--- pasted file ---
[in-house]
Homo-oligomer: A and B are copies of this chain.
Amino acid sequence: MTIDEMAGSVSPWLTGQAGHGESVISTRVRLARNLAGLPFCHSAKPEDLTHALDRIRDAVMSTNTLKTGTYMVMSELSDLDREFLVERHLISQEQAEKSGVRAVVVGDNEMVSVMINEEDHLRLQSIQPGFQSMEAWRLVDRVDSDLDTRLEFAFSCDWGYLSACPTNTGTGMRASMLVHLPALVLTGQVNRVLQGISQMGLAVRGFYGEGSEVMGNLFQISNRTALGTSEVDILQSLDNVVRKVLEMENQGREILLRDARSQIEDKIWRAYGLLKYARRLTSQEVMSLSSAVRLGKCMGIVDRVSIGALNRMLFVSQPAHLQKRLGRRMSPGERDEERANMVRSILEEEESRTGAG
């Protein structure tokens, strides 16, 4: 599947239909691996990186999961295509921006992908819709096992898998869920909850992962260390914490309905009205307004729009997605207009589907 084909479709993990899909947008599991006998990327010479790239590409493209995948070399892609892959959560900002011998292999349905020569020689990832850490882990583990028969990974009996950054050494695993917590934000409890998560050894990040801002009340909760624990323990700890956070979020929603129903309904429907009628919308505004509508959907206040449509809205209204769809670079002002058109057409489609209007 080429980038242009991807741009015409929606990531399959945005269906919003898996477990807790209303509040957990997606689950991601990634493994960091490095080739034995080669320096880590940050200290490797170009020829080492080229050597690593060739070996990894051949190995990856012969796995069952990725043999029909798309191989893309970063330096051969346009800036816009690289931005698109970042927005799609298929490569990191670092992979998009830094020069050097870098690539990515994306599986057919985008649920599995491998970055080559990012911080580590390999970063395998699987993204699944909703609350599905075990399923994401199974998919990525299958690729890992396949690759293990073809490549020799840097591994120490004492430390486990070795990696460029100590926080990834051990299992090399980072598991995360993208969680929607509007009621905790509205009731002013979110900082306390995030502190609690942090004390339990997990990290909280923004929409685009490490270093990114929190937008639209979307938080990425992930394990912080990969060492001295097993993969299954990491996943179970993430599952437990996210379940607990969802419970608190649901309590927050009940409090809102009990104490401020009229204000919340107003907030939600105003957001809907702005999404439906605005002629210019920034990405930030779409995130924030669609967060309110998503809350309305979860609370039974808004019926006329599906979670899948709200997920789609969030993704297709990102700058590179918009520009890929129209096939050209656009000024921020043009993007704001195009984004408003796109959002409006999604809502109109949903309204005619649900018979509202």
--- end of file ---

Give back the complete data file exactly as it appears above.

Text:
[in-house]
Homo-oligomer: A and B are copies of this chain.
Amino acid sequence: MTIDEMAGSVSPWLTGQAGHGESVISTRVRLARNLAGLPFCHSAKPEDLTHALDRIRDAVMSTNTLKTGTYMVMSELSDLDREFLVERHLISQEQAEKSGVRAVVVGDNEMVSVMINEEDHLRLQSIQPGFQSMEAWRLVDRVDSDLDTRLEFAFSCDWGYLSACPTNTGTGMRASMLVHLPALVLTGQVNRVLQGISQMGLAVRGFYGEGSEVMGNLFQISNRTALGTSEVDILQSLDNVVRKVLEMENQGREILLRDARSQIEDKIWRAYGLLKYARRLTSQEVMSLSSAVRLGKCMGIVDRVSIGALNRMLFVSQPAHLQKRLGRRMSPGERDEERANMVRSILEEEESRTGAG
């Protein structure tokens, strides 16, 4: 599947239909691996990186999961295509921006992908819709096992898998869920909850992962260390914490309905009205307004729009997605207009589907 084909479709993990899909947008599991006998990327010479790239590409493209995948070399892609892959959560900002011998292999349905020569020689990832850490882990583990028969990974009996950054050494695993917590934000409890998560050894990040801002009340909760624990323990700890956070979020929603129903309904429907009628919308505004509508959907206040449509809205209204769809670079002002058109057409489609209007 080429980038242009991807741009015409929606990531399959945005269906919003898996477990807790209303509040957990997606689950991601990634493994960091490095080739034995080669320096880590940050200290490797170009020829080492080229050597690593060739070996990894051949190995990856012969796995069952990725043999029909798309191989893309970063330096051969346009800036816009690289931005698109970042927005799609298929490569990191670092992979998009830094020069050097870098690539990515994306599986057919985008649920599995491998970055080559990012911080580590390999970063395998699987993204699944909703609350599905075990399923994401199974998919990525299958690729890992396949690759293990073809490549020799840097591994120490004492430390486990070795990696460029100590926080990834051990299992090399980072598991995360993208969680929607509007009621905790509205009731002013979110900082306390995030502190609690942090004390339990997990990290909280923004929409685009490490270093990114929190937008639209979307938080990425992930394990912080990969060492001295097993993969299954990491996943179970993430599952437990996210379940607990969802419970608190649901309590927050009940409090809102009990104490401020009229204000919340107003907030939600105003957001809907702005999404439906605005002629210019920034990405930030779409995130924030669609967060309110998503809350309305979860609370039974808004019926006329599906979670899948709200997920789609969030993704297709990102700058590179918009520009890929129209096939050209656009000024921020043009993007704001195009984004408003796109959002409006999604809502109109949903309204005619649900018979509202």